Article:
For those who may have a health condition which interferes with their ability to work, receiving disability benefits can make a huge difference in their life. They can use the benefits to help pay for housing, food, clothing, medical care, and other necessities. Without the benefits, they may have a difficult time providing these things for themselves.
With most health conditions, the person affected remains capable of handling their own personal care and finances. But, some health conditions affect the person to the extent they cannot manage their own personal care or finances without help.
If this happens, the Social Security Administration (SSA) often will assign a representative payee to help manage the benefits to make sure the recipient gets the care they need.
Who Can Be a Representative Payee?
The SSA decides if a disability recipient needs a representative payee. If so, the SSA appoints a representative payee for the recipient.
According to the SSA website, they “look for family or friends to serve as representative payees. When friends or family are not able to serve as payees, Social Security looks for qualified organizations to be representative payees.”
If the recipient does not like the representative payee named by the SSA, they will have 60 days to appeal. If they ever want to change their representative payee, they must get permission from the SSA. If they agree to removal, the SSA will choose a new representative payee. While the SSA will consult with the recipient on choosing a representative payee, the SSA has the final say in who gets appointed.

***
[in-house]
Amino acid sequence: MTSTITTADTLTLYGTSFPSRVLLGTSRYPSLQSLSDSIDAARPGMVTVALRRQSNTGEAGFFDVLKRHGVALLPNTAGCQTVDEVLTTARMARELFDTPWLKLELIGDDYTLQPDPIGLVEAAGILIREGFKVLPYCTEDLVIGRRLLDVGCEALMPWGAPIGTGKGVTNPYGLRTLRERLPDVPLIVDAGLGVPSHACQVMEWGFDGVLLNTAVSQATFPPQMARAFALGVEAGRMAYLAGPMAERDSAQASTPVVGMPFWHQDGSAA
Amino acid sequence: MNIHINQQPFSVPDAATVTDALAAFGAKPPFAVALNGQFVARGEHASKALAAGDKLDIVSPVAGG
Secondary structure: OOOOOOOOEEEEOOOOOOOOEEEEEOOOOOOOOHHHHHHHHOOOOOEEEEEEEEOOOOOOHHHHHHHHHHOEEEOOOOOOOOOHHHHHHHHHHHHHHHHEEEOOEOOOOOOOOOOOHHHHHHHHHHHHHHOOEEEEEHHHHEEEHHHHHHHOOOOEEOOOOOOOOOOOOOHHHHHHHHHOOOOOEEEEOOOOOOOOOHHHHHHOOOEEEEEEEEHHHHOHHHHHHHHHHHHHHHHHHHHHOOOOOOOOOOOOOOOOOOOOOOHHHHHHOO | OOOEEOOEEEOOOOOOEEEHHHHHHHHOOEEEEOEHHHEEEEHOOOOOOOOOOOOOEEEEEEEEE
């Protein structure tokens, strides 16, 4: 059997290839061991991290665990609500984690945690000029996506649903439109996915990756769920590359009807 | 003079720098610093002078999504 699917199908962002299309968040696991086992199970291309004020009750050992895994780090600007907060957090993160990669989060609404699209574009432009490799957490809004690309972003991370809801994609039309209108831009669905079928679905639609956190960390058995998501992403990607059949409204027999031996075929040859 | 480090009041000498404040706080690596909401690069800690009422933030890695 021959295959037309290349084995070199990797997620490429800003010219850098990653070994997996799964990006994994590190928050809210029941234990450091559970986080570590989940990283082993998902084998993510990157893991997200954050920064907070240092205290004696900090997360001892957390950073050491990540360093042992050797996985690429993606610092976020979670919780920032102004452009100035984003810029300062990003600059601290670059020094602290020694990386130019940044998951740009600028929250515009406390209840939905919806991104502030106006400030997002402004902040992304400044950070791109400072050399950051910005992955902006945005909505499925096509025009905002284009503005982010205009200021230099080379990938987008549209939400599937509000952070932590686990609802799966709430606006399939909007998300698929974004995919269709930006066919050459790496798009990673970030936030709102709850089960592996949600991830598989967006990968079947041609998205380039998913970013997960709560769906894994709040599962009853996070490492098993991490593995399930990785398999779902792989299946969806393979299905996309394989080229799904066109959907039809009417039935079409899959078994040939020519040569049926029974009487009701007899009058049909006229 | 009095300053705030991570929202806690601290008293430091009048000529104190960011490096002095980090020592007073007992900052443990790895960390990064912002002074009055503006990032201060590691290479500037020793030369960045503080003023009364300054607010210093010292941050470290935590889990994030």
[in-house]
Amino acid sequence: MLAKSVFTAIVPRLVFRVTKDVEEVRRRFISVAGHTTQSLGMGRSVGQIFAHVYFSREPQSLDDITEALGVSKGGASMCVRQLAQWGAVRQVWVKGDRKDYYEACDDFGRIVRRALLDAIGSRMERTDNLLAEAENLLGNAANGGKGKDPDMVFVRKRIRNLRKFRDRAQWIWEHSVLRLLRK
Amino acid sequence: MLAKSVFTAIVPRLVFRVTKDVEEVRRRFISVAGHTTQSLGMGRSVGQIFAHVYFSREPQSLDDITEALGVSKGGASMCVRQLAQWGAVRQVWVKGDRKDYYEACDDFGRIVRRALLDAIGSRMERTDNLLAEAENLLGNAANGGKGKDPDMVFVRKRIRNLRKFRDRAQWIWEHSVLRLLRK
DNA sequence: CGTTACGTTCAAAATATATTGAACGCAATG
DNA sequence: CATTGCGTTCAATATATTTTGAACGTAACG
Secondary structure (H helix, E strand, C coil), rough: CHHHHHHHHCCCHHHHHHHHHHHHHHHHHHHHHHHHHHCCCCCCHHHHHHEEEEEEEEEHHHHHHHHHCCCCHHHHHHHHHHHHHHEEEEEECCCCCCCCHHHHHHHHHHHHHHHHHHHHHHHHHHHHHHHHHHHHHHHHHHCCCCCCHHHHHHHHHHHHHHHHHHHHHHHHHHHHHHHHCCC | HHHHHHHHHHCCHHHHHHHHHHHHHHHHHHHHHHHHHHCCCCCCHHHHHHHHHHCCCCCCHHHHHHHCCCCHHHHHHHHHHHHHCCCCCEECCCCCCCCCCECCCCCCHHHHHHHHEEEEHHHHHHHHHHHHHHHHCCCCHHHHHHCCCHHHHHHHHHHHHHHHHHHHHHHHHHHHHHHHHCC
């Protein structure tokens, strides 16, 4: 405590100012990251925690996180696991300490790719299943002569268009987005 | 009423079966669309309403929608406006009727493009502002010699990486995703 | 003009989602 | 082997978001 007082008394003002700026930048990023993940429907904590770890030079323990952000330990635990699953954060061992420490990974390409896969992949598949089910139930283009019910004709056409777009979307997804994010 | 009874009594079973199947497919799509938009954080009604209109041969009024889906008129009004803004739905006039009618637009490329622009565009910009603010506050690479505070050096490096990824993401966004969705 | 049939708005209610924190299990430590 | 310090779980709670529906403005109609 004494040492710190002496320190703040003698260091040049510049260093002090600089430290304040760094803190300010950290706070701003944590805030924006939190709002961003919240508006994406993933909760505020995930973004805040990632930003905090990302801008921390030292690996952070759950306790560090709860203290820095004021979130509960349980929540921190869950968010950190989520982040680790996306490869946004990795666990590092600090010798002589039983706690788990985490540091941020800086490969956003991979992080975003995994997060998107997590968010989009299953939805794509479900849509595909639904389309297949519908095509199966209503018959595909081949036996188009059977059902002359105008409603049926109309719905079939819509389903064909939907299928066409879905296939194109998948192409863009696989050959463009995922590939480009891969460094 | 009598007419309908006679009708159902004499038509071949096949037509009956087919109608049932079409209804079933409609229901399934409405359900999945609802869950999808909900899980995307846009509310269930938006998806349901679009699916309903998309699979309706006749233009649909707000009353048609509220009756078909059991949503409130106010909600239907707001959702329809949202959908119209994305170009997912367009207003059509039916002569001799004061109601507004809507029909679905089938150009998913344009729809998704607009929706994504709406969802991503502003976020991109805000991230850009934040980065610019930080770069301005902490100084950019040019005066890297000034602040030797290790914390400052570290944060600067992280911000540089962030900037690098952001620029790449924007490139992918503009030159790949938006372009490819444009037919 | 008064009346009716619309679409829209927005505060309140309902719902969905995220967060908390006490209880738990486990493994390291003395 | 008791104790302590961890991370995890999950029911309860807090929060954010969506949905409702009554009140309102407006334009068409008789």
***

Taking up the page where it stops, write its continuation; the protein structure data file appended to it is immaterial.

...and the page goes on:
What Are the Duties of a Representative Payee?
A representative payee’s primary duty consists of using the recipient’s benefits to provide the following things for the recipient:
- medical care not covered by insurance
- personal care needs
If any funds remain after paying for these things, the payee must make arrangements to save the funds for the recipient’s future needs.
The SSA monitors how the representative payee handles the recipient’s disability benefits. They cannot spend the money any way they want to. The representative payee must keep track of how they spend the recipient’s benefits throughout the year. The SSA requires an annual report. A representative payee found misusing a recipient’s benefits must repay the funds and could have to pay fines or face imprisonment.
A representative payee does not automatically have power of attorney over all the recipient’s affairs. The SSA only gives a representative payee authorization to handle the recipient’s interests with the SSA.
Getting Help Understanding Representative Payee Role
Admittedly, understanding the role of the Social Security disability representative payee can be confusing. But, do not let this confusion stop you from getting the help you or your loved one need.
Brock & Stout’s disability attorneys have over 20 years of experience helping clients get the disability benefits they deserve. We will work with you to help you through the disability application process and understand if the role of a representative payee is needed.
Contact us for a free evaluation of your situation to see if we can help you.